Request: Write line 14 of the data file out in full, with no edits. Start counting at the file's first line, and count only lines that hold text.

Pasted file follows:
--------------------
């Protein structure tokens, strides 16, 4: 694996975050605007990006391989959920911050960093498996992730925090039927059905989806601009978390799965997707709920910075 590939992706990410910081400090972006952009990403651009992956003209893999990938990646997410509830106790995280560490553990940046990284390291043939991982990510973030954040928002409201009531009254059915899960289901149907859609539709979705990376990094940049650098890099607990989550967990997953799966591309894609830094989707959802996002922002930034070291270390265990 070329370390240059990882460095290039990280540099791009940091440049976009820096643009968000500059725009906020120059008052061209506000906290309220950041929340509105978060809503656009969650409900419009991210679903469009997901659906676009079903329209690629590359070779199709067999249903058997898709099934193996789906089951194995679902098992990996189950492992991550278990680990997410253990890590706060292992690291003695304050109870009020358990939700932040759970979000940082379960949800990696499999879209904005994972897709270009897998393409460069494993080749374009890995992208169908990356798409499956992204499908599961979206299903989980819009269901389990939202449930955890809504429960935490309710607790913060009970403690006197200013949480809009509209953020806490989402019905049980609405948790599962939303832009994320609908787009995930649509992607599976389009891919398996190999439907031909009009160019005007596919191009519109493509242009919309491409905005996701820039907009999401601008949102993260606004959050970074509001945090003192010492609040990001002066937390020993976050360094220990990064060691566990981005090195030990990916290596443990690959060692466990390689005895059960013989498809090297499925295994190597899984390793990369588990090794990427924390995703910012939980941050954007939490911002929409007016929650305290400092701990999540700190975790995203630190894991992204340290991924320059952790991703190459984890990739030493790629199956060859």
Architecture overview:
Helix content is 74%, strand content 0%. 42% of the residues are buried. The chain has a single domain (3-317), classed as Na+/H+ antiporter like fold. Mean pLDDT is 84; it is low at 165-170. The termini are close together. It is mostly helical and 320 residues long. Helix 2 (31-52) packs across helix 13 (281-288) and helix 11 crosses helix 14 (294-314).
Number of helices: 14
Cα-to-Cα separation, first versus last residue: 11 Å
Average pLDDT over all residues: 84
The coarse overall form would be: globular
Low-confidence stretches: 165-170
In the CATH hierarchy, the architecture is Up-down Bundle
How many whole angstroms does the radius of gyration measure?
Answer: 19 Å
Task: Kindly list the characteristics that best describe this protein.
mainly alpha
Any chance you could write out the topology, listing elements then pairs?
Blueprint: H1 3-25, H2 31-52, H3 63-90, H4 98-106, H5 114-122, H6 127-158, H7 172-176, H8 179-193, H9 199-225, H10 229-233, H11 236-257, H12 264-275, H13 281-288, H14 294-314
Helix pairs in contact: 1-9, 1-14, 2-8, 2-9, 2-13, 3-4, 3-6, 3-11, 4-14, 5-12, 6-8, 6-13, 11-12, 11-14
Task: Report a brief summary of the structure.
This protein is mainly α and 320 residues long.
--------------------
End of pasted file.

Any chance you could write out the topology, listing elements then pairs?